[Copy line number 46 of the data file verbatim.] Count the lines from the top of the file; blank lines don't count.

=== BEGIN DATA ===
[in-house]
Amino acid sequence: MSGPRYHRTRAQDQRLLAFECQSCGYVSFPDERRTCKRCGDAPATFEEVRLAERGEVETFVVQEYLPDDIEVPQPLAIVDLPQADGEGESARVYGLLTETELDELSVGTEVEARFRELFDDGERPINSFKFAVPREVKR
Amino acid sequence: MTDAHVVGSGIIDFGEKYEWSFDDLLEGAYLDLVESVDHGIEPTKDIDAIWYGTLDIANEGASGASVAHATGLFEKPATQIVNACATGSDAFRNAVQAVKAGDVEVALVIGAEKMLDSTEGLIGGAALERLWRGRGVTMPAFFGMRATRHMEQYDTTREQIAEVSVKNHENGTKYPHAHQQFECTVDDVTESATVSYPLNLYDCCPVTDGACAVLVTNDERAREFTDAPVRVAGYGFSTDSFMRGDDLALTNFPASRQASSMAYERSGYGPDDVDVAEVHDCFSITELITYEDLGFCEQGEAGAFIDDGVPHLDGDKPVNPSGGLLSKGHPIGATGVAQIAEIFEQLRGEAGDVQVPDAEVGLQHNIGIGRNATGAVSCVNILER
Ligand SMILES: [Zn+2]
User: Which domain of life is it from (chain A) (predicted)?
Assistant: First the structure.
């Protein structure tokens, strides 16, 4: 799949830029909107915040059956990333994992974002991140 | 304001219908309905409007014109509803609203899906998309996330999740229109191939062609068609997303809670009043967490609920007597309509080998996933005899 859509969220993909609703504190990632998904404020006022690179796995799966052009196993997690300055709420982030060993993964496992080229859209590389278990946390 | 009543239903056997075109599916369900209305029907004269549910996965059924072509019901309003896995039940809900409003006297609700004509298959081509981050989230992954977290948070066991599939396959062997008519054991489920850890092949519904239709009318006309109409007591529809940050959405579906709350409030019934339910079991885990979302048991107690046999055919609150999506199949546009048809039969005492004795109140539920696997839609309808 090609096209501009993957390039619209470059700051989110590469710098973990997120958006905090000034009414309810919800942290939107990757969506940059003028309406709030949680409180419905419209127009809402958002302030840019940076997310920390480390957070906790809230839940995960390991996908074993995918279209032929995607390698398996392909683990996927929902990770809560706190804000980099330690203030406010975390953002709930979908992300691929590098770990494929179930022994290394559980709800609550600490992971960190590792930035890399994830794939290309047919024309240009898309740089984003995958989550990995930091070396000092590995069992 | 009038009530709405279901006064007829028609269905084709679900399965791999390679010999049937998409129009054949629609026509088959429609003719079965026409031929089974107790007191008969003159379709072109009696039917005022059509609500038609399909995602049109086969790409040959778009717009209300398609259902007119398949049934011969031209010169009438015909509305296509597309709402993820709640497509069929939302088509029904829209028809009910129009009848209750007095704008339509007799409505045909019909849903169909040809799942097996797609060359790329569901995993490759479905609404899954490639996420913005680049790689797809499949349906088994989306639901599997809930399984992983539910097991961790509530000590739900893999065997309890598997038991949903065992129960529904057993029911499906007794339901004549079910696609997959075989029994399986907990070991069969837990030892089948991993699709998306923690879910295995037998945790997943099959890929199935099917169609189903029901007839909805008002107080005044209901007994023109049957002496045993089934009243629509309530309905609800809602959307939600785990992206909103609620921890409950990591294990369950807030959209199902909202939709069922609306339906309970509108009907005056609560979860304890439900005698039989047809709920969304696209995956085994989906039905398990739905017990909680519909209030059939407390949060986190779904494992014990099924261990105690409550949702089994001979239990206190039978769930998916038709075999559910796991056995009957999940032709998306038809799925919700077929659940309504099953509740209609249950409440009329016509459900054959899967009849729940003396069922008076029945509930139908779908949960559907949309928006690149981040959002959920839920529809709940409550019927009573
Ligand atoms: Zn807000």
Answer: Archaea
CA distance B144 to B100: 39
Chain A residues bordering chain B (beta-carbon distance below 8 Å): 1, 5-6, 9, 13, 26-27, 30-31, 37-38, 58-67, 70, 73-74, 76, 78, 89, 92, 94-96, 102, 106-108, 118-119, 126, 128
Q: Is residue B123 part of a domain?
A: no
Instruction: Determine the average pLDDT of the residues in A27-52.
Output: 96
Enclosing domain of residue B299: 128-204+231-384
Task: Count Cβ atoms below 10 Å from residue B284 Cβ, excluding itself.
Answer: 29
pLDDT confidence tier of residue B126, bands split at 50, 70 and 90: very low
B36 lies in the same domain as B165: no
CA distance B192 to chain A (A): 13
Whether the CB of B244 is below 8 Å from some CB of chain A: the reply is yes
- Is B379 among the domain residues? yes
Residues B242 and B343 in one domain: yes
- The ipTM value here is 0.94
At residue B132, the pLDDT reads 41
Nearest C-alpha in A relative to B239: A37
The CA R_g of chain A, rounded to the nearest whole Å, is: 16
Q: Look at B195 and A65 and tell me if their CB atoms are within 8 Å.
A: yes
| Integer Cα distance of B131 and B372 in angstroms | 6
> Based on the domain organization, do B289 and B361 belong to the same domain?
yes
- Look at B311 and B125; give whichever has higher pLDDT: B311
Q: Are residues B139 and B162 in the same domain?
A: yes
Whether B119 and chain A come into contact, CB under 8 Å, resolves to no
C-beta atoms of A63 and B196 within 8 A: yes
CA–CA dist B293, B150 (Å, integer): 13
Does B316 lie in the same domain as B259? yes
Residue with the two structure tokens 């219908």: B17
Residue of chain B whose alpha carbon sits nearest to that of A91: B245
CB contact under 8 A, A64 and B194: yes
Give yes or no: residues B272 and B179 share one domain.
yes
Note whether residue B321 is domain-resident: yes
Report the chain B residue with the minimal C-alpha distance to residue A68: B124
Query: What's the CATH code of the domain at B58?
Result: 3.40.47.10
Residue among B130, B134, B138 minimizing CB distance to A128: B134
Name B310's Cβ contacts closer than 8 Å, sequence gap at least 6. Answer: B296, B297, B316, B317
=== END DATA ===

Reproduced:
Note whether residue B321 is domain-resident: yes